Taking Care of Air Force, DoD Families in Katrina's Wake
By Jim Garamone
American Forces Press Service
MAXWELL AIR FORCE BASE, Ala., Sept. 10, 2005 "I have U.S. Air Force on my uniform, he has U.S. Air Force on his. That's enough for me," said Col. Scott Walker about why he had no worries about inviting an airman and his family displaced by Hurricane Katrina to stay with him.
The colonel was talking about the base's "Adopt-a-Family" program, where families here have opened their homes to servicemembers affected by Hurricane Katrina.
During Katrina, Airman Basic Michael Mitchell, his wife, Gina, and their 15-month-old son, Michael Jr., sheltered "in place" at Dolan Hall at Keesler Air Force Base, Miss. The base, near Gulfport, took a major hit from the Category 4 hurricane.
Keesler officials declared the base unsafe and ordered the family to evacuate. They carpooled with another Air Force family some 200 miles to this base outside Montgomery, Ala. Maxwell experienced rain and wind, but was spared the major damage closer to the coast.
Montgomery, in fact, houses many Katrina survivors, judging by the observed number of cars with Mississippi or Louisiana license plates.
And while dormitories might be acceptable for single airmen, NCOs and officers, it isn't for families.
To ease the crunch and because they wanted to help a fellow Air Force family, the Walkers - Scott, Laura, and their two children - volunteered to take in an evacuated family. So the Mitchells gave up an apartment outside a devastated base for a home that is listed as a historical property. The Walker home on base was built in 1936 and is surrounded by mature oak trees.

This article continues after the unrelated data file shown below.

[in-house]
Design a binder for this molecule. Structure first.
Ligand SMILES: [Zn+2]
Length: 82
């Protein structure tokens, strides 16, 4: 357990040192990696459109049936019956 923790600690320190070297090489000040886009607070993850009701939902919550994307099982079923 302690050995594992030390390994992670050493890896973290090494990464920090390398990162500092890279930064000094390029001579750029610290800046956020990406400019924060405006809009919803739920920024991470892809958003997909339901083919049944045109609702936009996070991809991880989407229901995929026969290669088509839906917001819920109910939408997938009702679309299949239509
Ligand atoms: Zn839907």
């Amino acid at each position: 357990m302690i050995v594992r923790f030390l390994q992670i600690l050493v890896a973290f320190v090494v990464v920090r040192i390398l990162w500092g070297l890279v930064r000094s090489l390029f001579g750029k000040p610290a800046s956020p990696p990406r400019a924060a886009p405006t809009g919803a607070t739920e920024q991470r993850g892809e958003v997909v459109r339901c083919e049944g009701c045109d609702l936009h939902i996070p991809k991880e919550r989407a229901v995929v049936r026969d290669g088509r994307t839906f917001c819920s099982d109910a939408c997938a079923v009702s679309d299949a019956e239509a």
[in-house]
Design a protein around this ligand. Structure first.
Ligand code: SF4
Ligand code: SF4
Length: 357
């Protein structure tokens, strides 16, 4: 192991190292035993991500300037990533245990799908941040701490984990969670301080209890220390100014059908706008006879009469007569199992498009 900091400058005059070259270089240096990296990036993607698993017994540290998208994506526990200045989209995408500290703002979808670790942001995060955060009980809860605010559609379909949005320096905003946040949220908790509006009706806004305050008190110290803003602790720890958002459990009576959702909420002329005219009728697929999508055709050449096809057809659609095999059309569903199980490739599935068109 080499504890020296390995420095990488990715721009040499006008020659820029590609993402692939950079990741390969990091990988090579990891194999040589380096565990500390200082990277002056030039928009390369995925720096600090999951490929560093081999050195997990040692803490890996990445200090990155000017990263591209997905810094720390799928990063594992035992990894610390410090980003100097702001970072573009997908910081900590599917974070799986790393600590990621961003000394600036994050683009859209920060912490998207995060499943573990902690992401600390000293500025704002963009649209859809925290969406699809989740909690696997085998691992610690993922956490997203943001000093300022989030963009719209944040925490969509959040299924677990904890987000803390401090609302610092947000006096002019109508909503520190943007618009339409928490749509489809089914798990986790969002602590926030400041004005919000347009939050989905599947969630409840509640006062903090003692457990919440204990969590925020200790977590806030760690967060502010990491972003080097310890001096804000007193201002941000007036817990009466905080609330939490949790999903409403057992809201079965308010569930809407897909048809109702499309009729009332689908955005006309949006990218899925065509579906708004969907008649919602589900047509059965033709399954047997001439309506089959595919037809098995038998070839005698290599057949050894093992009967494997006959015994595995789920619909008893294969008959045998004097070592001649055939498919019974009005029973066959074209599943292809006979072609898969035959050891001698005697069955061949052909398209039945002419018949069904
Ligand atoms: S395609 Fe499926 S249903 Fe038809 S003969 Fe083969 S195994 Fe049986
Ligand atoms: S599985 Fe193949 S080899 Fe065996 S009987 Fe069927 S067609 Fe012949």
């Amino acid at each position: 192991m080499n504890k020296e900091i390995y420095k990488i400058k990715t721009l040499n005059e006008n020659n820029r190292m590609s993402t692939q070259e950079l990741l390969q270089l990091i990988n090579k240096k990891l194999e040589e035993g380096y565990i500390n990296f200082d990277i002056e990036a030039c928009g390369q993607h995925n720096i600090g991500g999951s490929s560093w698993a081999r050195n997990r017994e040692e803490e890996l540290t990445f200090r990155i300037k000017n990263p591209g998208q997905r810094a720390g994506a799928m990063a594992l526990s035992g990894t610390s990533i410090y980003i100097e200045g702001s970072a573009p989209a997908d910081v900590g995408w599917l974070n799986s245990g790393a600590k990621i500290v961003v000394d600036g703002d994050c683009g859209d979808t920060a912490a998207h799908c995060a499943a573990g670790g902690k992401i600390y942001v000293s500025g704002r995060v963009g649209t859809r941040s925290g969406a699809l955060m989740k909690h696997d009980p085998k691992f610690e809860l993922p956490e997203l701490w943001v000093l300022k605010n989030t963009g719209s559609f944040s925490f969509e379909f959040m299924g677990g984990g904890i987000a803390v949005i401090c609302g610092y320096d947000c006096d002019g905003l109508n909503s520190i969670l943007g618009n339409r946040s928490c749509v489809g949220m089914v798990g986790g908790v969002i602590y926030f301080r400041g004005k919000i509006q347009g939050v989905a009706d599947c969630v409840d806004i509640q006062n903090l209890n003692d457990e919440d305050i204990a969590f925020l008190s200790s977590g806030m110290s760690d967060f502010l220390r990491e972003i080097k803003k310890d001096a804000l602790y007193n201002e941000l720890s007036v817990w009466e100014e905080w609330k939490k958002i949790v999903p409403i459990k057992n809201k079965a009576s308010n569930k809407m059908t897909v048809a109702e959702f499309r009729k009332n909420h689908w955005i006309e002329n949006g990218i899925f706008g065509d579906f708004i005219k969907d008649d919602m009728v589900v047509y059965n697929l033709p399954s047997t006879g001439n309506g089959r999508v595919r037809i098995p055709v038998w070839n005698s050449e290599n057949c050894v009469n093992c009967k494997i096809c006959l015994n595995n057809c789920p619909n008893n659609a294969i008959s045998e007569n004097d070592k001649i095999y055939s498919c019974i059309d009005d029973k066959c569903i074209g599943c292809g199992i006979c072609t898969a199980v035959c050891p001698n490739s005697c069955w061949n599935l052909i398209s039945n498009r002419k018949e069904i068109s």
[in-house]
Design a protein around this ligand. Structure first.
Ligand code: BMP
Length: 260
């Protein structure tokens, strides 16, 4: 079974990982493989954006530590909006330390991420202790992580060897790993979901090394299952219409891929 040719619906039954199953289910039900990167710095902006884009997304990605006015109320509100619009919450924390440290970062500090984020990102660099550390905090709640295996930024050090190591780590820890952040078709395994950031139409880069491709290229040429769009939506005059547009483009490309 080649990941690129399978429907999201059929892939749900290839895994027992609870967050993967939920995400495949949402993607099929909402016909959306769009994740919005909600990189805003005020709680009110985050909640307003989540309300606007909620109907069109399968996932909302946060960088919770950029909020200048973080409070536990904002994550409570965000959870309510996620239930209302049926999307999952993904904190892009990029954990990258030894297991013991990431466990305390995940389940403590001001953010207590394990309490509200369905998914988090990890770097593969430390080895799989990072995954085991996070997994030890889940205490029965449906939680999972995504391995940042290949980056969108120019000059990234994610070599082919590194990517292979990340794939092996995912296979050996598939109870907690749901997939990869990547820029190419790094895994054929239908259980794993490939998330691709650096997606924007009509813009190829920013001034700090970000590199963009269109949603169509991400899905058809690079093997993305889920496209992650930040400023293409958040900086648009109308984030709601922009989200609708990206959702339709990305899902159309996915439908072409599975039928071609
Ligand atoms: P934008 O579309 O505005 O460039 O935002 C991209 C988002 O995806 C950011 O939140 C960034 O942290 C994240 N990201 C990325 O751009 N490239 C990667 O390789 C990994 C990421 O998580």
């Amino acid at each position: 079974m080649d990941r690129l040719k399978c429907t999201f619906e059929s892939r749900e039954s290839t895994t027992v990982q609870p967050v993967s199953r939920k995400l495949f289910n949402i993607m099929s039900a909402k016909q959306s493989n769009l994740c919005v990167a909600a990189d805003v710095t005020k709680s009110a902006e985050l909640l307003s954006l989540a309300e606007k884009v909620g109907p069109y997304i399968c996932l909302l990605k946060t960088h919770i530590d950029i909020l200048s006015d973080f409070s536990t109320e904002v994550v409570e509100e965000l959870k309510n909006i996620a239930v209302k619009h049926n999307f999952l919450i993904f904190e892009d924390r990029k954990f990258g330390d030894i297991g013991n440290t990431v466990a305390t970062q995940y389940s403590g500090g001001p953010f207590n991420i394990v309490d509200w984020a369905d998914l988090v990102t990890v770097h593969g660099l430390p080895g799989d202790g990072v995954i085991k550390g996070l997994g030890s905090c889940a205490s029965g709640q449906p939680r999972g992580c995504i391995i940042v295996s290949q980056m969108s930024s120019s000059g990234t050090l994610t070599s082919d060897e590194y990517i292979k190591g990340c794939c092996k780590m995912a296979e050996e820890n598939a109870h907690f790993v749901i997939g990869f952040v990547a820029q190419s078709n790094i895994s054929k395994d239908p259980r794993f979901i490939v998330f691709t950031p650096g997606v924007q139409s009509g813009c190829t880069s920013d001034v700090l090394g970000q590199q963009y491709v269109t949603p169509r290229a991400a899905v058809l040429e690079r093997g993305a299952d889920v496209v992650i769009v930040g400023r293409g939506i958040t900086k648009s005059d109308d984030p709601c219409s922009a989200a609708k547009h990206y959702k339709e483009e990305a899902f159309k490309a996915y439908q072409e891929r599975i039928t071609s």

"We talk all the time about how the Air Force is a family, but you don't realize how much it really is until a disaster like this strikes," said Bethany Hixon, a relocation specialist with the base's family support center.
A total of 461 Air Force families - on base and off - volunteered to take in evacuees. Forty-two families - many with pets - took advantage of the offers.
The evacuees were not all just Air Force. Navy families and a DoD civilian family have also found a warm welcome at the base.
For those evacuees with school-age children, the families help get the kids enrolled in local schools. Airmen assigned to the base collected money to buy school supplies and school clothes for the children. The Air Force Aid Society chipped in, and the local community has donated diapers, baby food, as well as goods for older children and adults.
"There is an 'Airman's Closet' here on base and Gina and I went over to pick up a crib for Mikey," said Laura Walker. "It's been fun to have someone here to speak with."
Her husband, Scott, who normally flies F-16 fighters, is the vice commander of Air Force Doctrine Center headquartered here, which deals with all the service's doctrinal matters and works with the joint-service community as well. House visitor Mitchell, on the other hand, has two months left in a six-month tech school at Keesler studying to be an electronics tech.
A civilian reporter just couldn't believe the level of trust among airmen that allows someone to just invite someone in to live with them. "There is always a level of trust like this," Walker said. "Pilots trust men like Airman Mitchell with their lives. We fly aircraft he repairs every day. We trust that they do the job correctly."
Mitchell admitted to some trepidation about the move. "At Keesler, the sergeants were telling me I didn't want to go to Maxwell because it's full of officers, and it is," he said. "But I have to tell you, everyone has been very nice to us here."